Just a week or two into its run, the Merrimack Rep's production of Theresa Rebeck's Bad Dates had its own date with bad luck: its star, Elizabeth Aspenlieder, was forced to withdraw following an injury, and suddenly this one-woman show didn't have its one woman. Fortunately for the Merrimack, however, actress Haviland Morris, who had recently done the show at New Haven's Long Wharf Theatre (below, Morris in that production) agreed to step into at least one pair of the central character's 600 shoes, and will finish out the Lowell theatre's run (which wraps this weekend).
Not having seen Ms. Aspenlieder's performance, I can't make comparison between the two actresses, although it's hard to imagine a savvier or more stylish account of Bad Dates than the one delivered by Ms. Morris. The whirlwind at the center of Rebeck's popular comedy is one Haley Walker, self-made restaurateur and lonely divorced mom, the sort of woman who seems to have it all together on the surface, but behind closed doors turns out to be an ongoing car crash of conflicting emotions and impulses. We can tell as much from the clashing outfits she tries on as the evening progresses (the show's conceit is pressing the audience into the role of collective girlfriend listening to her chatter before a succession of, yes, disastrously bad dates). One moment Haley's elegant in Chanel; the next she looks like a hooker from the seventies. Clearly the woman has issues; her ongoing wardrobe crisis isn't so much a comment on her uncertainty about how to impress a guy as on her uncertainty about herself. The key to the show, of course, is to keep those issues bouncing along like a string of balloons on a breeze of engaging charm.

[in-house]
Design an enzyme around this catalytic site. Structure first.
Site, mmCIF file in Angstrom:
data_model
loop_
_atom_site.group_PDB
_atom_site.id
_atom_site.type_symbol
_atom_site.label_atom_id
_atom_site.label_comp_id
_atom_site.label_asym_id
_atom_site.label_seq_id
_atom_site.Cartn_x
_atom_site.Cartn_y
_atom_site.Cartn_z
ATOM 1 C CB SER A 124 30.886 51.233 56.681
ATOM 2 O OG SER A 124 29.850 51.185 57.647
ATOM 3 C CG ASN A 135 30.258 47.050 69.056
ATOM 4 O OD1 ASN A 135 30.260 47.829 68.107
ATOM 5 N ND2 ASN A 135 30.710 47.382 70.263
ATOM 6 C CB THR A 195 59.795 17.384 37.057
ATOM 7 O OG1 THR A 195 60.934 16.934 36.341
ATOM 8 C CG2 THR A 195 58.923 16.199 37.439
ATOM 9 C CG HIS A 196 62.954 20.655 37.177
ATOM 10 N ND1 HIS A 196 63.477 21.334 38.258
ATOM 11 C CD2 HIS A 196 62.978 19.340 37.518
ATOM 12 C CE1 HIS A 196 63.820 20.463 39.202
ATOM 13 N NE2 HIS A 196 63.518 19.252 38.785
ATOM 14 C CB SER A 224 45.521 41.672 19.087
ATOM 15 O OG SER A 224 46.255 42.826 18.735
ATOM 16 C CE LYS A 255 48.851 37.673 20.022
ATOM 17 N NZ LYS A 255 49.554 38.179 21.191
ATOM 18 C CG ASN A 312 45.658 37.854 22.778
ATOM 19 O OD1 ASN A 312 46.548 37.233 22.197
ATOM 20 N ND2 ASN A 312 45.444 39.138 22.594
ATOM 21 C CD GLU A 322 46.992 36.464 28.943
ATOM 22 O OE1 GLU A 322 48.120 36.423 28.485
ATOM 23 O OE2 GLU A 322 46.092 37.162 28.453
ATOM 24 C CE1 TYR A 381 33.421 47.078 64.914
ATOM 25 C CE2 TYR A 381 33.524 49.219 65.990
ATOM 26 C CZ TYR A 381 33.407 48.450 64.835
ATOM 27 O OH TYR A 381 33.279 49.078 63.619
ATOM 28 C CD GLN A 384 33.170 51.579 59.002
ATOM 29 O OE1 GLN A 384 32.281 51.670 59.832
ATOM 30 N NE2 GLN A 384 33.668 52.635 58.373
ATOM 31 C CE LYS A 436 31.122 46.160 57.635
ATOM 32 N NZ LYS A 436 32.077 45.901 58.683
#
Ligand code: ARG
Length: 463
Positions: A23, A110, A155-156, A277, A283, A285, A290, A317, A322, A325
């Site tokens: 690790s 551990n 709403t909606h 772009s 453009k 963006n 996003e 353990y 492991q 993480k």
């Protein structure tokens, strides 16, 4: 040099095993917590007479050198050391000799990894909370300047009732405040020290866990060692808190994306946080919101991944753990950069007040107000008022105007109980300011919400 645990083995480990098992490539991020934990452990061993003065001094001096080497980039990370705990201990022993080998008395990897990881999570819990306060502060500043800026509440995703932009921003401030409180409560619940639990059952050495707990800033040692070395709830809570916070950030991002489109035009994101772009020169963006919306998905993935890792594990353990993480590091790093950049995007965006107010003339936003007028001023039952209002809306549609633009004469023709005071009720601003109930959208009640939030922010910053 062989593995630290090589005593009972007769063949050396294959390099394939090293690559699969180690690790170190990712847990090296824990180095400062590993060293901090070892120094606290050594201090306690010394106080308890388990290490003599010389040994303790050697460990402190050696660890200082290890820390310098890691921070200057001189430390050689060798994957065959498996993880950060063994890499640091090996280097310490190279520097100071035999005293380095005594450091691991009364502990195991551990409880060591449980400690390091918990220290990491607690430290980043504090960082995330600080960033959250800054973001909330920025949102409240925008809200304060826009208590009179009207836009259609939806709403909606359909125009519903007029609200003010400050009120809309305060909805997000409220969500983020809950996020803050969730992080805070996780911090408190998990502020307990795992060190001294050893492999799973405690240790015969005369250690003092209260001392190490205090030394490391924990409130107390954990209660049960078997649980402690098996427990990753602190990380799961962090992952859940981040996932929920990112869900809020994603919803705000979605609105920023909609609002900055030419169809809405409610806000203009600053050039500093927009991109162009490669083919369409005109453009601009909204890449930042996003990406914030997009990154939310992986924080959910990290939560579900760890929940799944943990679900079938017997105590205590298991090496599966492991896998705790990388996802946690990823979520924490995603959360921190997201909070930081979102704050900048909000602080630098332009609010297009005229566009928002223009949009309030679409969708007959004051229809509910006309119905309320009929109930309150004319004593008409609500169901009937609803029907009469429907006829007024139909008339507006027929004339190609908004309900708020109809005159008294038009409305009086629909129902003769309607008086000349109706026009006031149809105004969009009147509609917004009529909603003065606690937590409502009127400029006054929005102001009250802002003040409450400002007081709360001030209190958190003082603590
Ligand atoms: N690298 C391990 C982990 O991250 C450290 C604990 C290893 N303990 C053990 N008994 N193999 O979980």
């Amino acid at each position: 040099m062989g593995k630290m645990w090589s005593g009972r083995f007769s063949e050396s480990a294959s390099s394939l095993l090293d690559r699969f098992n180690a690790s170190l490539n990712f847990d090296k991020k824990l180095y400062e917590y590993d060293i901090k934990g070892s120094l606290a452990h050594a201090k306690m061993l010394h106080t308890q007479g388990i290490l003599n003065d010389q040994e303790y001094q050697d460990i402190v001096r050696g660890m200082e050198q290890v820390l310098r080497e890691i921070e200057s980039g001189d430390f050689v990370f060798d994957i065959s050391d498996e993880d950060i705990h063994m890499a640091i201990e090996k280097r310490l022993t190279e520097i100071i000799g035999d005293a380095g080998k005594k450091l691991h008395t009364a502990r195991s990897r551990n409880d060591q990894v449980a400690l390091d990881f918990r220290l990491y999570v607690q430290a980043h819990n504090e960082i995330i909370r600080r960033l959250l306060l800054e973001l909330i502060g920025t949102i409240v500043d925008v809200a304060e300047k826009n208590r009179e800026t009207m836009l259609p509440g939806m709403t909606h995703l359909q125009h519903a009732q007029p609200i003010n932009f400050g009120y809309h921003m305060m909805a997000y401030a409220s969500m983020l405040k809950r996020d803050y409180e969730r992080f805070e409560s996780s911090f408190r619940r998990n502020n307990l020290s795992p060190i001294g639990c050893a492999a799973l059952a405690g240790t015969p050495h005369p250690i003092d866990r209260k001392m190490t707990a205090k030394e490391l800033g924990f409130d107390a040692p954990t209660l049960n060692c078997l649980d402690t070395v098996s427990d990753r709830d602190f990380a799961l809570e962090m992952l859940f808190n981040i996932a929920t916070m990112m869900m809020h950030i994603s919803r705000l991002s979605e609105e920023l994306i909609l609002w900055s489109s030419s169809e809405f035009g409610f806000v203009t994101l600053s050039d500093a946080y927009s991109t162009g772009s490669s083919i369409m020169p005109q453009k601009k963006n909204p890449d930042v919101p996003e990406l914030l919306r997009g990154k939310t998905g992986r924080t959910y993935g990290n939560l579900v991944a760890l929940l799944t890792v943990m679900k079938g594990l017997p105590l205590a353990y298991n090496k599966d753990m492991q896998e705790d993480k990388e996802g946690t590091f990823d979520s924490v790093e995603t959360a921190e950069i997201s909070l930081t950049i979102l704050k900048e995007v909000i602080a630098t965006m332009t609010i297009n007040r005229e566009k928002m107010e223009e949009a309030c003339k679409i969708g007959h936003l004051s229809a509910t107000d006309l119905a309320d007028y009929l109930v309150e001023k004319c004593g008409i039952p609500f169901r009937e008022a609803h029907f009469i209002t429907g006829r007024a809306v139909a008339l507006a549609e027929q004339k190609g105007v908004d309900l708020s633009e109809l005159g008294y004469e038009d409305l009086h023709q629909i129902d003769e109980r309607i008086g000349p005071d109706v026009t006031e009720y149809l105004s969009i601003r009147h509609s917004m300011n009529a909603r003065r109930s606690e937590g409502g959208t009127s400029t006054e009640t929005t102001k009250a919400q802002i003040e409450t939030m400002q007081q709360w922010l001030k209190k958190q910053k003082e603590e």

And charm us the beautifully breezy Ms. Morris certainly does. She expertly nails the lingering twang of Haley's Austin accent (I'm from Texas, I should know), and simply never misses a theatrical beat, even when shifting emotional gears while unzipping one skimpy frock and slipping on a new pair of pumps at the same time. More importantly, she gives the self-centered Haley a good-hearted sense of humor, and even chances a glance or two into the fearful, confused depths of her essentially lonely soul.
The only problem is that in the end said depths aren't all that deep, and neither is the play that frames them. Rebeck leans heavily on our sympathy with Haley's travails - the guy who complains about his colon, the guy who turns out to be gay - but goes light on the self-knowledge that we kind of expect from this type of picaresque journey. Particularly when said journey involves a brush with the law (Haley's done a little creative accounting at that restaurant of hers, even though it's owned by the Romanian mob!). Things turn out happily enough for our heroine - after all, this is a comedy - but we have to wonder if Haley deserves the twist of romantic zen that brings her good fortune, and whether she realizes just how lucky she's really been. And little of Rebeck's writing here qualifies as truly witty; indeed, many of her gambits - the 600 shoes, the gay date - are premises lifted from Sex and the City and its ilk. To be blunt, this vehicle is mostly a used set of wheels. Luckily for us and the Merrimack, the skillful Ms. Morris still takes it for quite a spin.